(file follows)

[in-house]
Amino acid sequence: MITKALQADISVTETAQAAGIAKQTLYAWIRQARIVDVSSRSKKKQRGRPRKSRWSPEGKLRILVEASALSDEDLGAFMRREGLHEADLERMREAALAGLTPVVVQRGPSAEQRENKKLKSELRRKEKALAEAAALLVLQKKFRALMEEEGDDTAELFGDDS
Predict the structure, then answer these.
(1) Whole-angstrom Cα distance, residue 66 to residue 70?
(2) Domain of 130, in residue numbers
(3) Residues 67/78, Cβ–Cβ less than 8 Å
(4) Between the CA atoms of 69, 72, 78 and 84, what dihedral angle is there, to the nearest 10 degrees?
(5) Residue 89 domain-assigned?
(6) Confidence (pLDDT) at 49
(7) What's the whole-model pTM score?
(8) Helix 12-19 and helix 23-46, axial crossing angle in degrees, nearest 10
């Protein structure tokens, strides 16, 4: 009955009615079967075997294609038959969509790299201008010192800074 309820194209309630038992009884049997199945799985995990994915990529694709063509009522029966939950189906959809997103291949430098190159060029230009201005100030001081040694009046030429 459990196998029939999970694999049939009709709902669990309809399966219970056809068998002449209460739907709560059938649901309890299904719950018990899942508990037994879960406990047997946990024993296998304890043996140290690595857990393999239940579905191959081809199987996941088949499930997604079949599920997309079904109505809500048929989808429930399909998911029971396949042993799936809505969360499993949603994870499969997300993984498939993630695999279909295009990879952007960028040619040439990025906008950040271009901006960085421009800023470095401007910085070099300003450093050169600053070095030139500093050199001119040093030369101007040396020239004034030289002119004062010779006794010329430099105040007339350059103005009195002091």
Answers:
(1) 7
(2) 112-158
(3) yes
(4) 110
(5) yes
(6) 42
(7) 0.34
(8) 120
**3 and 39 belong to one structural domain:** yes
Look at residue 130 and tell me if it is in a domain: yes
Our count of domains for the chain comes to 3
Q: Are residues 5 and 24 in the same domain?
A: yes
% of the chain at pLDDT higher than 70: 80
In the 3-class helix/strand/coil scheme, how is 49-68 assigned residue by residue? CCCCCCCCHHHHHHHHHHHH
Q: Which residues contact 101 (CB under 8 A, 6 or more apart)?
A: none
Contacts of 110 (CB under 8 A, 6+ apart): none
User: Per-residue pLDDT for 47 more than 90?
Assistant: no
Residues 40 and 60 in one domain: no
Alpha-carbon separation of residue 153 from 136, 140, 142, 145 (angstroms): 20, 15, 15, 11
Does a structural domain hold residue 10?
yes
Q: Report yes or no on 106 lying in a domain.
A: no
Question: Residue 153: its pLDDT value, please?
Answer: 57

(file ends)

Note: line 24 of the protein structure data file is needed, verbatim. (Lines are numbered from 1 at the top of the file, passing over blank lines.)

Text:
Our count of domains for the chain comes to 3